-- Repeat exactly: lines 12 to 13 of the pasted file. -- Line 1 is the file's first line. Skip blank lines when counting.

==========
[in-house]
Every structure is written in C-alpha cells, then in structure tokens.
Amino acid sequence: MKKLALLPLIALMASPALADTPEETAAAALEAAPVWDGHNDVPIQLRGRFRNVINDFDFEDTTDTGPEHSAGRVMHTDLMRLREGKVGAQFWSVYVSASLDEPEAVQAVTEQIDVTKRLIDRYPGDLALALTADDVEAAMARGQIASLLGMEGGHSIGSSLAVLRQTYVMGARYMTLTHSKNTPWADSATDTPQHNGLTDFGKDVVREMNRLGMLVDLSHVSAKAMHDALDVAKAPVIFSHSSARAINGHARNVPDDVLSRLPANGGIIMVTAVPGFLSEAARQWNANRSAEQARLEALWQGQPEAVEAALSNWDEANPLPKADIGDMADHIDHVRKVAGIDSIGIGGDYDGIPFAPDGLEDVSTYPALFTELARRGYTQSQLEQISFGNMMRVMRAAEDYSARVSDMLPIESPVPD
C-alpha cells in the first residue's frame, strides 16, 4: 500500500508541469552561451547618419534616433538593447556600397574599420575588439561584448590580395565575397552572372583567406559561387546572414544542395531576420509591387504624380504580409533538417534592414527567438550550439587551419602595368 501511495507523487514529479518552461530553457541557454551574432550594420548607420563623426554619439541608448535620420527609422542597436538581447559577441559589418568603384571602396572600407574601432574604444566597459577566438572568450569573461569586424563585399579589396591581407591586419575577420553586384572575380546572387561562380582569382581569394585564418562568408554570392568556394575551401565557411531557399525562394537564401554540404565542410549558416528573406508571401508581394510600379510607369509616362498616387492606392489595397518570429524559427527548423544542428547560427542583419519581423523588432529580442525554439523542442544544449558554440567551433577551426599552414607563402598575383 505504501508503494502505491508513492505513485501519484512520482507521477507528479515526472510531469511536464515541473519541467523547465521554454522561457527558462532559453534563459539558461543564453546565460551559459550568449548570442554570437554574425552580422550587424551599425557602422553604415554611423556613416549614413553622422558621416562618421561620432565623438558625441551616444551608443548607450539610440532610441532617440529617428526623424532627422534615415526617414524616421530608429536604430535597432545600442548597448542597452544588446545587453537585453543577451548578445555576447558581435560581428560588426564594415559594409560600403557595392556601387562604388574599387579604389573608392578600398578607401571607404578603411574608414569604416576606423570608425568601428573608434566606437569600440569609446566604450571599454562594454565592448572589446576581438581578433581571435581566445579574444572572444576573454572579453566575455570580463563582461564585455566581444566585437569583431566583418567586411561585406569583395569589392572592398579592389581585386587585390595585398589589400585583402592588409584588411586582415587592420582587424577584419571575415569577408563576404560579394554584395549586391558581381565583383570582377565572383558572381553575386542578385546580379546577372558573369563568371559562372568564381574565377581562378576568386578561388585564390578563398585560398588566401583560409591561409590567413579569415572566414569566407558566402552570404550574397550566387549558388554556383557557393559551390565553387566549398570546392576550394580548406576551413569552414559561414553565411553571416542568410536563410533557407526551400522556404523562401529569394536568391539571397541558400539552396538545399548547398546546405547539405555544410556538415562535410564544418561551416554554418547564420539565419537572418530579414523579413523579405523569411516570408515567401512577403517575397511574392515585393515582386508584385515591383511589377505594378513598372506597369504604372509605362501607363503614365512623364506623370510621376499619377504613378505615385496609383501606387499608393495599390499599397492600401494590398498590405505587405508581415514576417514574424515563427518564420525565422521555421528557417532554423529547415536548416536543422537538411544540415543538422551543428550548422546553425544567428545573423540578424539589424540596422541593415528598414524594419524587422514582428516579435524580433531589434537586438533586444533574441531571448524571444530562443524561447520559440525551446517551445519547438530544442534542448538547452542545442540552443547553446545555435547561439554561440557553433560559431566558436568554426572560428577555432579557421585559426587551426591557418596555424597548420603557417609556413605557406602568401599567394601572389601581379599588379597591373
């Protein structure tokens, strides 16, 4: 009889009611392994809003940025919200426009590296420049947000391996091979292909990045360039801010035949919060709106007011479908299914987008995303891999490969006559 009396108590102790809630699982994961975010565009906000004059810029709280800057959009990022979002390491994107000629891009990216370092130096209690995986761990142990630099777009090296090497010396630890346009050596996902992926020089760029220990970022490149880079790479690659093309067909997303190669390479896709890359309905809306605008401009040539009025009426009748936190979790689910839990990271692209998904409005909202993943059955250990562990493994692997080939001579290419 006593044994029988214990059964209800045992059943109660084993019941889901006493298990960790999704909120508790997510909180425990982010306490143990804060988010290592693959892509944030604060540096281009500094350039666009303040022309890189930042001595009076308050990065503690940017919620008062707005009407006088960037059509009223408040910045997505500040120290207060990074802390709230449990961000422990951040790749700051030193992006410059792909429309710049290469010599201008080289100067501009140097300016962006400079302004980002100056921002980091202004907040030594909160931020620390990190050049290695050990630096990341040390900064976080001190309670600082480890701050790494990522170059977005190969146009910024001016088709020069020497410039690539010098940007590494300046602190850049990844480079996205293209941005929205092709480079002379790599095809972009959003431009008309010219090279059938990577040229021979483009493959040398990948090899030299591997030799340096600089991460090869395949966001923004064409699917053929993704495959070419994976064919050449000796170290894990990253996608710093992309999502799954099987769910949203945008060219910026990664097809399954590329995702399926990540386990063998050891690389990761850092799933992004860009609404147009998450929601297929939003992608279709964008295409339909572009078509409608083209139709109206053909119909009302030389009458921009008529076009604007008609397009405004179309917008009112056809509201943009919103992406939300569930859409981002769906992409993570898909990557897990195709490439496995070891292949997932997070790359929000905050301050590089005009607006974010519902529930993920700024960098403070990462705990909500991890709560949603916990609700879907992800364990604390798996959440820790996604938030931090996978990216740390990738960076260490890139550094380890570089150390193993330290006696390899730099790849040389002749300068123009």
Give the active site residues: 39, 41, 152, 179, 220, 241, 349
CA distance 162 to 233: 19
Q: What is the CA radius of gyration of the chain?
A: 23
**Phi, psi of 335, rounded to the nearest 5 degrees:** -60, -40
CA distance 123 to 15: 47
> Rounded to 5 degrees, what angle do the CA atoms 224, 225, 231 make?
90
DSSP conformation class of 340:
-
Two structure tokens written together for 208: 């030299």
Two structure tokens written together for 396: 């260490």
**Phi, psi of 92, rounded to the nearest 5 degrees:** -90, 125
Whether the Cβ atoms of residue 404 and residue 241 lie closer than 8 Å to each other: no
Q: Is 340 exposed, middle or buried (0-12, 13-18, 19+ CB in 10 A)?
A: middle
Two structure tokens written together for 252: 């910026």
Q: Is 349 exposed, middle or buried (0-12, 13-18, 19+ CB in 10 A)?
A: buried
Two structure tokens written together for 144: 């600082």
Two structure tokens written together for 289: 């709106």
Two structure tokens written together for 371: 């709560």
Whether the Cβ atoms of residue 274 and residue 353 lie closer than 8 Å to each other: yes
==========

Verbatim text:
> Rounded to 5 degrees, what angle do the CA atoms 224, 225, 231 make?
90